Corbett, Legislature sued over adultBasic expiration
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Gov. Tom Corbett and other state officials have been named as defendants in a lawsuit for allowing the expiration of adultBasic, a state health insurance program for the working poor.
The suit was filed Monday in Commonwealth Court by three plaintiffs, all from southwestern Pennsylvania, who are being represented by Caroselli Beachler McTiernan & Conboy, a Pittsburgh law firm.
With 41,000 former adultBasic subscribers who had been using the program before it expired at the end of February and hundreds of thousands of people who were on the waiting list, "potentially the class is very large," said firm spokesman Mark Nevins.
The complaint alleges that the state government is violating the law -- specifically, the Pennsylvania Tobacco Settlement Act and the state constitution -- by allowing adultBasic funding to drop to zero. That's because the state law, according to the complaint, requires that a portion of the annual tobacco settlement money go to adultBasic.
The governor on Monday reiterated that the state was trying to save money.
"I would remind everybody, including those people who have filed the lawsuit against whoever they have filed the lawsuit, that this was a program that was not sufficiently funded," Mr. Corbett.
"[The] prior administration did not live up to their end of a bargain that they had with the four Blues. That money is gone. We will not spend money that we do not have."
The Blue Cross-Blue Shield money is gone, but the tobacco money is not. Pennsylvania receives hundreds of millions in tobacco settlement money each year. Last year, the state received almost $350 million.
The tobacco settlement money comes from a 1998 pact between the four largest U.S. tobacco and cigarette companies and the attorneys general of most of the states, who agreed to divide a pot of more than $200 billion over the next 25 years.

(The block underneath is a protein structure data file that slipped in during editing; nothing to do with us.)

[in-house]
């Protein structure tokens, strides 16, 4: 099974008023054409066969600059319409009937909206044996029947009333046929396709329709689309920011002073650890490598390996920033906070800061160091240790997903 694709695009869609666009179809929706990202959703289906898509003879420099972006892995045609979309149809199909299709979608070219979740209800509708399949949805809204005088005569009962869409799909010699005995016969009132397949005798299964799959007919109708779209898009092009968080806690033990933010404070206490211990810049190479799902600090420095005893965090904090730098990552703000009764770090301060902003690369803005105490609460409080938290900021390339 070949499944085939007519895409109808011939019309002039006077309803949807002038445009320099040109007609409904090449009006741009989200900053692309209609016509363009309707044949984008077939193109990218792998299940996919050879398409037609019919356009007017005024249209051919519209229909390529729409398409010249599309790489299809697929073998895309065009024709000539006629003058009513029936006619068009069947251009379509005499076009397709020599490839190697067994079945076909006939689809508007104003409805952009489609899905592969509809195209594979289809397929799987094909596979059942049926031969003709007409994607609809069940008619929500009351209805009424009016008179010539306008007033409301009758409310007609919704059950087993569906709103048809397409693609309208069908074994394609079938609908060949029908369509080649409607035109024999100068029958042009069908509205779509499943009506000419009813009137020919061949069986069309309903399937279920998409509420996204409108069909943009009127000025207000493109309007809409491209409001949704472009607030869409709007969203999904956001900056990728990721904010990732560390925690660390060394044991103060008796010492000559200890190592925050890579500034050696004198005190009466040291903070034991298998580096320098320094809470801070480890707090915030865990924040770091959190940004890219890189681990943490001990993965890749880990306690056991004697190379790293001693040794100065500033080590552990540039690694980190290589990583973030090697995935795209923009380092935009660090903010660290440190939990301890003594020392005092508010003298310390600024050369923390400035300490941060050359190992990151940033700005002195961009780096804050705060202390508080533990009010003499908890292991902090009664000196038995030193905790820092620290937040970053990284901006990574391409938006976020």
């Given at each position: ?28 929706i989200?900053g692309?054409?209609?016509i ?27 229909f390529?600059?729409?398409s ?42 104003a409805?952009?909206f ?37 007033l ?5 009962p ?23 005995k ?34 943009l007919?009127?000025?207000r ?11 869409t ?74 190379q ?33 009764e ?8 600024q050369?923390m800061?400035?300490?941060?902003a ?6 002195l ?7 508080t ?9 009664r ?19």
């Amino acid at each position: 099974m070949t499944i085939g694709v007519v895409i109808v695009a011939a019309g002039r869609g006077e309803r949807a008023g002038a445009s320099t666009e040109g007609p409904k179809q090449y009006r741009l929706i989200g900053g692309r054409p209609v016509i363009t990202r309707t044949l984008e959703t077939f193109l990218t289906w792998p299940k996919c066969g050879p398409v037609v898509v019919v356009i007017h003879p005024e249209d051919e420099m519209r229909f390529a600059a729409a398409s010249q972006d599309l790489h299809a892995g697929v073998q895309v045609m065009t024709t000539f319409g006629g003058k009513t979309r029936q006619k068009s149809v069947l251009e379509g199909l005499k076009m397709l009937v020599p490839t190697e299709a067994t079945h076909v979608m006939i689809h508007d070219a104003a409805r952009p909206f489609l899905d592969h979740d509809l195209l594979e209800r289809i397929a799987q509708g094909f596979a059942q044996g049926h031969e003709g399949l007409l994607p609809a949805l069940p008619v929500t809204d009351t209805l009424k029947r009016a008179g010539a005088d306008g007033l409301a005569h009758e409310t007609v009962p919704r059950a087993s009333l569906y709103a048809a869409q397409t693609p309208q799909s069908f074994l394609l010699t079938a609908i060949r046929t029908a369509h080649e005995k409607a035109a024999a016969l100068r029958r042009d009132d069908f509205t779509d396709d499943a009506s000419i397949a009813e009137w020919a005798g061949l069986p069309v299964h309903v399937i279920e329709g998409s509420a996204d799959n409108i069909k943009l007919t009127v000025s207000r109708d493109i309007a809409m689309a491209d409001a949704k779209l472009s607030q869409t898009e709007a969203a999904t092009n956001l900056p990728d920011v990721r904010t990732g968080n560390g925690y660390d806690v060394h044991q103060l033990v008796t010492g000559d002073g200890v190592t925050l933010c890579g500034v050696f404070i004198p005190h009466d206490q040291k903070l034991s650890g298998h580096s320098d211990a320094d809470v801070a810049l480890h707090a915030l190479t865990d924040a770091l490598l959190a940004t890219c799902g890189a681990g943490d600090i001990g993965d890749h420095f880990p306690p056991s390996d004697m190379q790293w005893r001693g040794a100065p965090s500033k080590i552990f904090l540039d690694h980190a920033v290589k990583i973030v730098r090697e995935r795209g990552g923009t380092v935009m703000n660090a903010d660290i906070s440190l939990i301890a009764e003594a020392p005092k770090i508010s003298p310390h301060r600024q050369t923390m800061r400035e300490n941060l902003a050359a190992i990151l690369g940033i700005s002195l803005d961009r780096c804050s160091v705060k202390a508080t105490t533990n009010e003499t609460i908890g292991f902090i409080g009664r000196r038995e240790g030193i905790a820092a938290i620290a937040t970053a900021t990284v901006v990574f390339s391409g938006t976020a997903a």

"Pennsylvania receives significant payments from the tobacco settlements every year, and state law mandates that those proceeds go toward making Pennsylvanians healthier and that a portion be specifically directed to fund adultBasic," said law firm principal William Caroselli in a statement.
Specifically, the law says that, of the settlement money used for current health services, 30 percent of that fund would be shared between adultBasic Insurance and Medicaid programs, according to the complaint.
The suit names as defendants Mr. Corbett, Budget Secretary Charles Zogby, the state House and Senate, House Speaker Sam Smith, Senate President Pro Tempore Joseph Scarnati and the state Treasury Department. By allowing the program to expire without changing the law that dictates tobacco settlement spending, the Legislature is culpable in this decision, too, the complaints says.
One solution, on the legislative side, would be to pass a law that amends the current tobacco settlement spending setup. Republicans control both the House and the Senate, as well as the governor's mansion this session.
The plaintiffs are Sheryl Sears, Ronald J. Guiney and Florence Spanos. Ms. Sears lives in McKeesport; Mr. Guiney is from Butler, and Ms. Spanos is from Dormont.
"I know how important is it to have health insurance, and I relied on adultBasic for my coverage," Ms. Sears said in a statement. "Unfortunately, that's the only coverage I can afford."
The law firm's principals have given money to a variety of political campaigns over the last 10 years campaigns, both legislative and judicial, but they have not given money to Mr. Corbett, a Republican. Overall, the attorneys' contributions lean toward Democratic candidates, or go to the Pennsylvania Trail Lawyers' political action committee.
First Published March 15, 2011 12:00 am